Why create all your virtual machines with Windows 2012/ Windows 8?
As the announcement on Teched there has been several improvements on Hyper-V 2012 R2.
With the Windows Hyper-V Server R2 you can create generation 2 virtual machines but these can only be Windows 2012/ Windows 8 or later. And in this post I will try to give you the insight in why it is important that you set up all your virtual machines from now with 2012 and later.
Here are the information about the two features that I want to focus on in this post:
- Online resizing of VHDX – You can expand and shrink VHDX files during the virtual machine is running.
- Generation 2 virtual machines – Gen2 VMs are legacy free and based on UEFI. So this means no more emulated devices, boot from virtual SCSI controllers or synthetic network adapters (PXE boot >100MBit) and enables UEFI secure boot as a standard. Supported guest operating systems: 64-bit versions of Windows 8, Windows Server 2012, Windows 8.1 and Windows Server 2012 R2.
So, WoW we can now while the virtual machine runs resize the VHDX, not just extend but also shrink! But there is a limitation!! The vhdx must be connected to a SCSI controller in the virtual machine to be able to utilize this feature! And as you know the system drive (often C:\) in Hyper-V Gen 1 VM´s has to be connected to IDE controller. And yes it is best practice to install the applications and databases and stuff on a separate virtual hard drive that you connect to a SCSI controller but quite often the system drive get´s full with windows patches, logs and also some applications, etc and then you want to be able to extend it and being able to do that online is quite sweet!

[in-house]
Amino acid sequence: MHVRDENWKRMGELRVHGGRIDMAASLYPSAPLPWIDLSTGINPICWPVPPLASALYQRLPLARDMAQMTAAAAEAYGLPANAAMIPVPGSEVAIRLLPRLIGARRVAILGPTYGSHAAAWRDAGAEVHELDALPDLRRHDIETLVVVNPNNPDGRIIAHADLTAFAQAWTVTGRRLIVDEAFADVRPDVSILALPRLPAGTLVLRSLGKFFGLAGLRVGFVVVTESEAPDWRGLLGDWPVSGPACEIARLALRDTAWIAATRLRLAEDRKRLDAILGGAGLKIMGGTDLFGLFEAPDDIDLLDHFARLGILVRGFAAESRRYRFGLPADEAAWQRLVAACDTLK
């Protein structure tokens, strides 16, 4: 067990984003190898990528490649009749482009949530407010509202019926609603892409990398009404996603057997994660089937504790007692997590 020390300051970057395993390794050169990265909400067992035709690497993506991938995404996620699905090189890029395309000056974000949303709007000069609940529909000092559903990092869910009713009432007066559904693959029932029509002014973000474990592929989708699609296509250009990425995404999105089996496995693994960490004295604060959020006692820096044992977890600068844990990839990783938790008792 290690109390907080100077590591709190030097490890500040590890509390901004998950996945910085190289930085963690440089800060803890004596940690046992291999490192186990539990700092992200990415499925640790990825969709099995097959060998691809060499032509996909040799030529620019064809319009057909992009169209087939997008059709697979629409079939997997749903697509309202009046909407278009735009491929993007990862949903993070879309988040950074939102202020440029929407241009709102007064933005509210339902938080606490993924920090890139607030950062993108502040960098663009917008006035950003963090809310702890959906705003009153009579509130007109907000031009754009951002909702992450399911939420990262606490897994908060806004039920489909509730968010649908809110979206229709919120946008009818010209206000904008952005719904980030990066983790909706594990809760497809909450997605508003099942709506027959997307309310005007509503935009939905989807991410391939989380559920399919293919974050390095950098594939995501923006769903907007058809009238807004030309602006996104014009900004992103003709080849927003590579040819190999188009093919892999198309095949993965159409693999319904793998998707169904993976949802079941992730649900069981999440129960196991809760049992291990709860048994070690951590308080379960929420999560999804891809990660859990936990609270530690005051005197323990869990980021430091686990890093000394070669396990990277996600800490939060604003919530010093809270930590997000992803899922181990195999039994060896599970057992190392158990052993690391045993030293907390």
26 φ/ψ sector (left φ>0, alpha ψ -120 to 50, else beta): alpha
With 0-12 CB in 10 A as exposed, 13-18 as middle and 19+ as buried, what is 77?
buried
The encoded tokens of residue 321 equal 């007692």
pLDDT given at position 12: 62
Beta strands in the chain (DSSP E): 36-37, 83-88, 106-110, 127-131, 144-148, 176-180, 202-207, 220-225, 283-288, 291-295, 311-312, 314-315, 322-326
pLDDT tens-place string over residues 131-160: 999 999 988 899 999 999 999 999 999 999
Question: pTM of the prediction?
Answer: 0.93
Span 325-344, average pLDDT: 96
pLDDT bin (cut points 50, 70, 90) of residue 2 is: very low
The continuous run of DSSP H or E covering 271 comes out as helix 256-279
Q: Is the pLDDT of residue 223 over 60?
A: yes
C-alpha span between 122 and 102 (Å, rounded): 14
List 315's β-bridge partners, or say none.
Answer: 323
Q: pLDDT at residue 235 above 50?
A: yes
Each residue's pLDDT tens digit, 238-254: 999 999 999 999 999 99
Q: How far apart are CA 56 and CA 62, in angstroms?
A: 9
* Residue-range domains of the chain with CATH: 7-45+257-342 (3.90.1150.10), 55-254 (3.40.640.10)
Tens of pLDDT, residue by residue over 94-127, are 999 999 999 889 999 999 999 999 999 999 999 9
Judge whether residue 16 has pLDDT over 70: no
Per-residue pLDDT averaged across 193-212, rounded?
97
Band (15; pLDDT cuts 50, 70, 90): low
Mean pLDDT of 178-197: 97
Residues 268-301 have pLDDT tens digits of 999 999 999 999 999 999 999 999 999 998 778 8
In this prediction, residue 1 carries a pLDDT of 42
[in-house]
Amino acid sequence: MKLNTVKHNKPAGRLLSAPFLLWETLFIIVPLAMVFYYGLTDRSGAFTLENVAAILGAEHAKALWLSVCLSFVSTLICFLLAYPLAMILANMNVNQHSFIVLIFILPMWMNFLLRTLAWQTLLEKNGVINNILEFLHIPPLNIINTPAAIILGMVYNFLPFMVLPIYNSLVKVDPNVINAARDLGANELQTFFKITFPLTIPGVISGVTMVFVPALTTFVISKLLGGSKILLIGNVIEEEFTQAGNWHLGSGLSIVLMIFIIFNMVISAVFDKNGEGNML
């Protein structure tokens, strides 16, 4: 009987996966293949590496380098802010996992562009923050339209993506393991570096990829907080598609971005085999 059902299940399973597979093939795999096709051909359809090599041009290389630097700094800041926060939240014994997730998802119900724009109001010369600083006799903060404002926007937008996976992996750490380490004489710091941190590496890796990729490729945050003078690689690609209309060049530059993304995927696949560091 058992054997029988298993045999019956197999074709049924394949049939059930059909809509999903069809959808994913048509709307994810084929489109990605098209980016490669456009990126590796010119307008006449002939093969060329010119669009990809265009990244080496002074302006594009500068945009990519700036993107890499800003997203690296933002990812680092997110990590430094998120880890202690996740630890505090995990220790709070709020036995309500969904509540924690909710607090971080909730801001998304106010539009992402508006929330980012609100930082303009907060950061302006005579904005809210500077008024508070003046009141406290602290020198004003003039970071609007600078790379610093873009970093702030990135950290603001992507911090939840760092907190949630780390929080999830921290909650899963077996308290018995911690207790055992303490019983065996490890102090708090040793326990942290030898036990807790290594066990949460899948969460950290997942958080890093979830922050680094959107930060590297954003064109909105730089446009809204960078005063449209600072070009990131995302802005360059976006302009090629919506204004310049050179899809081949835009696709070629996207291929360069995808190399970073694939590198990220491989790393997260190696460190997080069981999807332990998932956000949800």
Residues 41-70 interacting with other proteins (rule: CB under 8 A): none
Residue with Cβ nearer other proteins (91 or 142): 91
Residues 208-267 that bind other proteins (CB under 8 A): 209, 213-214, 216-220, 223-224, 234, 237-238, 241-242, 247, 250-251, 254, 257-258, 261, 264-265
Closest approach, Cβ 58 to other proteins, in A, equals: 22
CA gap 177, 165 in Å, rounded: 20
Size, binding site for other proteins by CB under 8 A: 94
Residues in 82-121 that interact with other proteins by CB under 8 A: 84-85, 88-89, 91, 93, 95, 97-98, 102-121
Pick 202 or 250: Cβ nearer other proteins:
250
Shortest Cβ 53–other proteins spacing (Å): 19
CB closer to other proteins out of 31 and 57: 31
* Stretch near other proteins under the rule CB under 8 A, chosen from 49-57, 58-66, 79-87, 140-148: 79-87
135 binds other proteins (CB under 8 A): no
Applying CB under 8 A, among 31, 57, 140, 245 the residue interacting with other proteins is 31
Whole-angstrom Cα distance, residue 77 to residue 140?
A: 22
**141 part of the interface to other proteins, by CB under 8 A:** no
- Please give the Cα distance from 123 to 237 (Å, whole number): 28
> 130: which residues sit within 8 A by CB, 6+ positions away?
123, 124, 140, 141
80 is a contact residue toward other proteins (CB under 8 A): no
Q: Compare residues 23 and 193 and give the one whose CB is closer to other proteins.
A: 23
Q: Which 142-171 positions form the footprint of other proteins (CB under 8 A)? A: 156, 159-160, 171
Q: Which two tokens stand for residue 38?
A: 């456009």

I have seen several posts that omit this information and it is quite important to be aware of this and that is why I state above that already now before R2, start creating your virtual machines with Win 2012 so that you when R2 is released and you have it in production can migrate your virtual machines to the Generation 2 VM. Yes I know there are several third party software companies that not have support on 2012 yet with their products. But if they do, then there is no reason to install that on a Windows 2008 R2!
When I get my hands on the R2 bits I will test and see how it works to migrate and will do an post about that so check back 🙂